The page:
Rescue Week is next week, with sessions on Monday 18th, Wednesday 20th and Thursday 21st.  All club members are encouraged to attend at least one session.  This email has all the details.  It will be fun, and the water is quite warm now.


8 am start each day.  We will be off the water by 11 am latest.

Monday: Crummunda Park.  All welcome

Wednesday: Ewen Maddock Dam (sausage sizzle after the activity).  All welcome.

Thursday: Kiddies Corner, Mooloolaba.  All welcome, but a certain level of paddling skill and experience is assumed.  This session is more aimed at club members who could take the lead in a rescue or towing situation.

What to bring

We will be paddling with bare decks.  You won’t need a sail.  You will only need PFD, spray skirt, pump, kayak, paddle (and tow lines on Thursday, if you have them).

Don’t take extra stuff on the water like sponges, water bottles, etc.  They will float away while you are in the water.

What will we be doing ?

The planned Rescue Week content is:

Wet exit (all days)

Kayaking | How to Wet Exit || REI


This is how you safely exit your kayak after a capsize, and get ready for other paddlers to put you back in your kayak.

It’s pretty simple.  

  1. Take a breath as you go over
  2. Wait till the kayak settles, with your head in the 6 o’clock position.
  3. Lean towards the front of the cockpit
  4. Run your hands forward on the outside of the spray deck and find the pull tab
  5. Pull the spray skirt off the front of the cockpit
  6. Push the kayak off your hips
  7. And come to the surface with a big smile.
  8. Hold on to your kayak, and your paddle if it’s close, but DO NOT let go of your kayak.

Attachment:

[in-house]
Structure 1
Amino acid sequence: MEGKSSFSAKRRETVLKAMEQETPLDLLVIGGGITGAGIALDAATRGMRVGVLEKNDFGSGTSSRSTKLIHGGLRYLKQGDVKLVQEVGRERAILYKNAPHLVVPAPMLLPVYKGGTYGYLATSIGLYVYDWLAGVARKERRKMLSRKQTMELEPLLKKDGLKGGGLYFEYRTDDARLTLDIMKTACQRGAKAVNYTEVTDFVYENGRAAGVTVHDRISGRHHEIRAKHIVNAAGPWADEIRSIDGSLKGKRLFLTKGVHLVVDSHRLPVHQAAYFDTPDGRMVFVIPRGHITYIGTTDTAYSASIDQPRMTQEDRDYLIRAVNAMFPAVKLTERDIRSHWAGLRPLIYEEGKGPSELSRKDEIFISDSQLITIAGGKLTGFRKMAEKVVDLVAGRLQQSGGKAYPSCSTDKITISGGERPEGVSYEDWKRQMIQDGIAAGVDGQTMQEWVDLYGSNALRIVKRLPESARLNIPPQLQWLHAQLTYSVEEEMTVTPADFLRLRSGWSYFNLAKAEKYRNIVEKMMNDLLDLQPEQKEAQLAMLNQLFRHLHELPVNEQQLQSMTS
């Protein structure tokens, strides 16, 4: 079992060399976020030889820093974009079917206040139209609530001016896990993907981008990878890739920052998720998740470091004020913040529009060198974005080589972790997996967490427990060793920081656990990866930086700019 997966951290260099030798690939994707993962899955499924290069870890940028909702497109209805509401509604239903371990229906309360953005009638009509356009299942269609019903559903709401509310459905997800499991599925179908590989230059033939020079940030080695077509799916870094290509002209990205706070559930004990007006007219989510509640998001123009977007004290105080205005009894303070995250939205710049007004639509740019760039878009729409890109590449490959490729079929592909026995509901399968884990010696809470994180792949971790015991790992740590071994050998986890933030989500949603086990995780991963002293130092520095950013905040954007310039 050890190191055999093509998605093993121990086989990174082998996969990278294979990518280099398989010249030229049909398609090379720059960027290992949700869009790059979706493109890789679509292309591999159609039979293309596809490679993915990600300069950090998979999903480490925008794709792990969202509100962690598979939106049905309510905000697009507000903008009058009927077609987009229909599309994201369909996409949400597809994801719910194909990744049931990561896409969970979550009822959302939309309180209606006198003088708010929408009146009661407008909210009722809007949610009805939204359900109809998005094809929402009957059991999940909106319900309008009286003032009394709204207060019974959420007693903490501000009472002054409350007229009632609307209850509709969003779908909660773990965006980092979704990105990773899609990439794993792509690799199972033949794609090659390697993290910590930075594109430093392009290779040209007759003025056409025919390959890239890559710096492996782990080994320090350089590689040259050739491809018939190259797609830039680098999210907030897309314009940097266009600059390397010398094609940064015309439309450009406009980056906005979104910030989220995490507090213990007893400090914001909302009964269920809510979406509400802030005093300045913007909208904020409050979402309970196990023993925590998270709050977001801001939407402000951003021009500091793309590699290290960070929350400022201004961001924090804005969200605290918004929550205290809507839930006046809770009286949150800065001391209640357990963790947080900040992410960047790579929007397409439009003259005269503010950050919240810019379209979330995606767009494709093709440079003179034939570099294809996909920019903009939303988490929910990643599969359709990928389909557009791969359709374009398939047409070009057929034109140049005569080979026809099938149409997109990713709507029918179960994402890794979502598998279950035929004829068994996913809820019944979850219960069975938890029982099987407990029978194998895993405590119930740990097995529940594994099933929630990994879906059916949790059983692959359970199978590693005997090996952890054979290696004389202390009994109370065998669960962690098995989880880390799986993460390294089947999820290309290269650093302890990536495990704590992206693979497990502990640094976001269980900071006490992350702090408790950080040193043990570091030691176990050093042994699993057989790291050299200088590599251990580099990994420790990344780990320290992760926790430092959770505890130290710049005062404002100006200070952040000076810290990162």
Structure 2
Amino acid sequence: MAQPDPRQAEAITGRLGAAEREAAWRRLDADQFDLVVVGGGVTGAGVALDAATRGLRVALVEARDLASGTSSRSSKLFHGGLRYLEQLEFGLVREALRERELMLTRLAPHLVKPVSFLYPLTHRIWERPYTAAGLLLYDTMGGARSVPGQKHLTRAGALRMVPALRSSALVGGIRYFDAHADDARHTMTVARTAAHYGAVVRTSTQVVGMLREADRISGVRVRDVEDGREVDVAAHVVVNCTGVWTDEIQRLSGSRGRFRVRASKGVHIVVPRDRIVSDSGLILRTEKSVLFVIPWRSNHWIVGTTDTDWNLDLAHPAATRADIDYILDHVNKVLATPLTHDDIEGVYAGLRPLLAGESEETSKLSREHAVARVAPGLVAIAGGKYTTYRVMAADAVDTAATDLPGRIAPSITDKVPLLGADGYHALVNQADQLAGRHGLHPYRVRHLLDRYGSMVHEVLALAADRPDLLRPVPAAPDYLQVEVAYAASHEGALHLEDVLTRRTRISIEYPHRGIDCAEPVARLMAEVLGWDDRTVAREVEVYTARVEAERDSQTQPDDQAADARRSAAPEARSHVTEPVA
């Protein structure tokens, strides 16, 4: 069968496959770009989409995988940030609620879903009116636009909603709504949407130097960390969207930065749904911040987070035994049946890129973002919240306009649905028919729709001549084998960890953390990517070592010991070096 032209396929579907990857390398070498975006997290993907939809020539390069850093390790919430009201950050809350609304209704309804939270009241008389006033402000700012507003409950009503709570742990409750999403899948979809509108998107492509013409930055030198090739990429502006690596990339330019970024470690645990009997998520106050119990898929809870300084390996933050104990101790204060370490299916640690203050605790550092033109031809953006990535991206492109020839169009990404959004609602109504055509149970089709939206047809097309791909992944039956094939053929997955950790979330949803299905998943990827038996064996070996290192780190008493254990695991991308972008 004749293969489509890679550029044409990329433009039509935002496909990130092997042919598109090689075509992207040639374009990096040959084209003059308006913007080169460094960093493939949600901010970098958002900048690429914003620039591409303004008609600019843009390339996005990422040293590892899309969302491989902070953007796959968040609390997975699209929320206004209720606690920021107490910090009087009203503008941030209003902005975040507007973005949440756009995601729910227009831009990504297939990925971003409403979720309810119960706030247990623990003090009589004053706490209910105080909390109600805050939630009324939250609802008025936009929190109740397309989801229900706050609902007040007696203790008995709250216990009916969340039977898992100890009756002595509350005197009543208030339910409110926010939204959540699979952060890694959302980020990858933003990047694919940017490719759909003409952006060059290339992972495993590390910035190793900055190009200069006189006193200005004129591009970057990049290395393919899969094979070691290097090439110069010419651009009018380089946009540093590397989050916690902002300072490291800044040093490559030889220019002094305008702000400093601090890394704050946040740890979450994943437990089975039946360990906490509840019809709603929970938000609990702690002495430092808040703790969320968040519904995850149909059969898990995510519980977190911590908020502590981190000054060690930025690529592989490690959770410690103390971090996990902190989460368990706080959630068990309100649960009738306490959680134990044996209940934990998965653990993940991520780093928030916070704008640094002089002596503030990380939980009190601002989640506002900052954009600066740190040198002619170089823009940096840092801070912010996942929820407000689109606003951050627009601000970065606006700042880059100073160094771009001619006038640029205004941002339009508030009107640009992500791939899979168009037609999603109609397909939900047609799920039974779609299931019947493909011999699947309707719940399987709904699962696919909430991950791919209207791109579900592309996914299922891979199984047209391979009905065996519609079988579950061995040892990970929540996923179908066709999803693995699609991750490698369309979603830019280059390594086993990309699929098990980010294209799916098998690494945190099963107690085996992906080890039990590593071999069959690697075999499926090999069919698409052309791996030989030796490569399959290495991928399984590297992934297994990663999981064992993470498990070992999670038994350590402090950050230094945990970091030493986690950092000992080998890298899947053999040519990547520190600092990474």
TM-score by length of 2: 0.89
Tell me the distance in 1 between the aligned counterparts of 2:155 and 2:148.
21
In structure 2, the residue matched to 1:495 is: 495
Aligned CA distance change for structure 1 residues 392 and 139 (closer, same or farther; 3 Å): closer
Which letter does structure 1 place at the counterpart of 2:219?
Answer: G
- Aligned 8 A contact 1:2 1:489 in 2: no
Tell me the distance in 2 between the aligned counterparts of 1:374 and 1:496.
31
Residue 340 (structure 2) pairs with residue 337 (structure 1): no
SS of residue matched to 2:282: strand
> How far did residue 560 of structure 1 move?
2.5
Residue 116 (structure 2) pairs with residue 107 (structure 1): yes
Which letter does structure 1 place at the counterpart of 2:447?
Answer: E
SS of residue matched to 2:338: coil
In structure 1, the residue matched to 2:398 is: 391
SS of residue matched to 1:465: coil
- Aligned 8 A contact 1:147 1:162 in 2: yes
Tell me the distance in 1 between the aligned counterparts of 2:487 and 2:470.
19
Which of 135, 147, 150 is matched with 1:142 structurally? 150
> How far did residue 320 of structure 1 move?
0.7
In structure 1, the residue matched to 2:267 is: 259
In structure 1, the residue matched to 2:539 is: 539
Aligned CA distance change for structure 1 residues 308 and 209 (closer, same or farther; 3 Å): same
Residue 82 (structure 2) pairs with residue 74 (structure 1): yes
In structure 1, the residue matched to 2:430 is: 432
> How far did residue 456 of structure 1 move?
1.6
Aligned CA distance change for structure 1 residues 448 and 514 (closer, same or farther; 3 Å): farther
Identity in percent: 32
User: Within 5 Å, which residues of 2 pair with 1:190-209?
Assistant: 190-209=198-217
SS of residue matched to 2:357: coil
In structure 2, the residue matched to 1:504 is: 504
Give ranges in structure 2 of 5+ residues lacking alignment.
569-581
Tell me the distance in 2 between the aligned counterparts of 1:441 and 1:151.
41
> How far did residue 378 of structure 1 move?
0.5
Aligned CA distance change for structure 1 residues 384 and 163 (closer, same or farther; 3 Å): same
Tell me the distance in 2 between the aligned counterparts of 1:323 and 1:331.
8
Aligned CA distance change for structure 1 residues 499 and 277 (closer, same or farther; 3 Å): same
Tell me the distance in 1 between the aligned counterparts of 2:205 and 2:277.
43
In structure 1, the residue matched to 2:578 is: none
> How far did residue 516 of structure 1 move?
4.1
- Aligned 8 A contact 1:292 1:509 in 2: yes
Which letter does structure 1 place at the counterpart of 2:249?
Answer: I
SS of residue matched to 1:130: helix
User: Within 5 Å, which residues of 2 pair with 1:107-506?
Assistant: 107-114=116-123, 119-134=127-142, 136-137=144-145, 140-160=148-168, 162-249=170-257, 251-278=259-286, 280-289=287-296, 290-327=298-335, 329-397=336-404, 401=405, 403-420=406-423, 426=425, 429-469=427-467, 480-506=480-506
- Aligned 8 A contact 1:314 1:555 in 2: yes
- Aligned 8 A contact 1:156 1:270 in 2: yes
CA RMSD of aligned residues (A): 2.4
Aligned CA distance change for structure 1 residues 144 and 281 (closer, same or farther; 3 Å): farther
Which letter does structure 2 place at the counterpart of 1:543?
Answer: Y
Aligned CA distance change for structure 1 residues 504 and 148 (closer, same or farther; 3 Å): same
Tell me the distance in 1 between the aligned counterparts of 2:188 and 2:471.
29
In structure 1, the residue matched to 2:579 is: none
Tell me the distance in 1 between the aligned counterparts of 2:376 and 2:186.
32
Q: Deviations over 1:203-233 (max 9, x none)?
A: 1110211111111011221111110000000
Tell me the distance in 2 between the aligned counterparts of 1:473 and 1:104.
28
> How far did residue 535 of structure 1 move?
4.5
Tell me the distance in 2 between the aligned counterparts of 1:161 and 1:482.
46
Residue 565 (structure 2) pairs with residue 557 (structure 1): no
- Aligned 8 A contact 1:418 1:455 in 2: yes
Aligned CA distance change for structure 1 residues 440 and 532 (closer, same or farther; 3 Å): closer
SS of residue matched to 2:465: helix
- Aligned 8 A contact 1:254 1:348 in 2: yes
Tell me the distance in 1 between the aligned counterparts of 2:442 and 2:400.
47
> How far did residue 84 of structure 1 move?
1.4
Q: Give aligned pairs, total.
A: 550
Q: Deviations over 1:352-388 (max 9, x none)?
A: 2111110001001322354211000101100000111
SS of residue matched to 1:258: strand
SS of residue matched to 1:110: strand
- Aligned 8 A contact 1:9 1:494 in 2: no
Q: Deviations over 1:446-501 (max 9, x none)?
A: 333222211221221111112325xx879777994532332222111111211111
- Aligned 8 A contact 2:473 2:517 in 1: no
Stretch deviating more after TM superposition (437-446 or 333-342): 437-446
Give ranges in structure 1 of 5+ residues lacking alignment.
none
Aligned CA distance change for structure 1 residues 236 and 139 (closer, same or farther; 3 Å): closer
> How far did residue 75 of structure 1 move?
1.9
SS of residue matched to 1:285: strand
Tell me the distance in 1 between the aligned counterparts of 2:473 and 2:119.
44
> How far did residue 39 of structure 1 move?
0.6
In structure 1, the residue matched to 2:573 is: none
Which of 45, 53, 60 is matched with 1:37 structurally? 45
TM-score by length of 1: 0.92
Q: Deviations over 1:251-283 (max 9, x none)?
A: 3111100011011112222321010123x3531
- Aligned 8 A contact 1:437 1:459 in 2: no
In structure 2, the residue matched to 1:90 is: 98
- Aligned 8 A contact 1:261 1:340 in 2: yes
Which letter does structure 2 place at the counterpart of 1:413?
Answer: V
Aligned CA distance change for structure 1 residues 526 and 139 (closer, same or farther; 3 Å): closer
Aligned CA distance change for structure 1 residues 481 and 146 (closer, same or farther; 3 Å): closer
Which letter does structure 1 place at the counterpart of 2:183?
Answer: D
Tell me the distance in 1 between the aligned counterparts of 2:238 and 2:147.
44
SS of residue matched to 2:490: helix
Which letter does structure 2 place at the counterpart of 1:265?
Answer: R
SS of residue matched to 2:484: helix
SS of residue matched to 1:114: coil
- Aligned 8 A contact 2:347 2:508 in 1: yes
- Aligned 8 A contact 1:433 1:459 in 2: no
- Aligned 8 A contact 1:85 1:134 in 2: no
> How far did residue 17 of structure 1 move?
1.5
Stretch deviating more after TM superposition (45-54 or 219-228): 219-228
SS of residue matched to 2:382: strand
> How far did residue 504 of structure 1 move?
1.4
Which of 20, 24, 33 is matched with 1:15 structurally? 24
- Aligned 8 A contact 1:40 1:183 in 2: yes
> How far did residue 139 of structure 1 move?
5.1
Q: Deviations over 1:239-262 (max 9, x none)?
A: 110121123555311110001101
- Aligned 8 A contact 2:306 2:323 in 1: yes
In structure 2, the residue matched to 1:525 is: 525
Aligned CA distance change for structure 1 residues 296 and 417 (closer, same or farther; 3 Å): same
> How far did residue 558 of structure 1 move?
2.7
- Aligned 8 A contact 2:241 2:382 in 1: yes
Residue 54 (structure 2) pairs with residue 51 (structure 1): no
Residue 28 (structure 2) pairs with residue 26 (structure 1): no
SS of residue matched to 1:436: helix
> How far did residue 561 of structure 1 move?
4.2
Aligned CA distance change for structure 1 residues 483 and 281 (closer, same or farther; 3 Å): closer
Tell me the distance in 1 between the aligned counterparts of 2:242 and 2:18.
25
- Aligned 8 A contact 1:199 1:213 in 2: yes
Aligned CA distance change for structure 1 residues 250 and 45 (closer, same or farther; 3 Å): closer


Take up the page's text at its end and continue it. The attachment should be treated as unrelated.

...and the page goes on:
9. Work your way to the front of your kayak
  10. If you can, turn your kayak over so that it is right way up

This video is worth watching before the activity.

Click Here: Kayaking | How to Wet Exit || REI 

T rescue (all days)

This is the best rescue for people who have the strength / agility to pull themself on to the top of their kayak during the rescue.T rescue (all days)


Swimmer does NOT go to the stern of their kayak.  This is old fashioned and dangerous, due to potential lacerations from the rudder and cables.

Have a close look at the video.  We’re not aiming for sub 30 seconds, but if it takes much over a minute from touching the capsized kayak to getting the swimmer back in their seat, something’s wrong.  

This rescue puts the swimmer back in a dry kayak.

26 second sea kayak rescue

By Scott Fairty

Click Here: 26 second sea kayak rescue 

Scoop rescue (all days)

Master the Sea Kayak Scoop Rescue for Injured Paddlers | Adventure Kayak | Rapid Media

By Adventure Kayak Magazine

For people with limited upper body strength, or somebody who is injured, we use the scoop rescue.  

Note: we will be teaching it like the video below, with the swimmer FACE DOWN on their back deck.

This rescue puts the swimmer back in a wet kayak, which has to be pumped out.

Click Here: Master the Sea Kayak Scoop Rescue for Injured Paddlers | Adventure Kayak | Rapid Media 

Basic towing (Thursday only)

How to Tow a Kayak: Contact Tows


Contact tow.

Demonstrated below by Gordon Brown.  See Rob if you need translation.  This can also be done without a short tow line.  We will do it both ways.

Click Here: How to Tow a Kayak: Contact Tows 

In line towing

I couldn’t find a good video, but we will have some tow lines available on Thursday, and please bring your own if you have one.  We will likely do:

  1. Simple in line tow (one kayak towing another kayak)
  2. Supported in line tow (casualty can’t paddle so is supported by a second kayak)
  3. Tandem supported inline tow (front kayak maintains direction, second provides the towing power, casualty is supported by a second kayak, and an observer is off to one side maintaining communication along the 40-50 m total length of kayak and towlines)

Please contact Dean or me if you have any questions.


Rob Plenderleith

Skills and Development Coordinator


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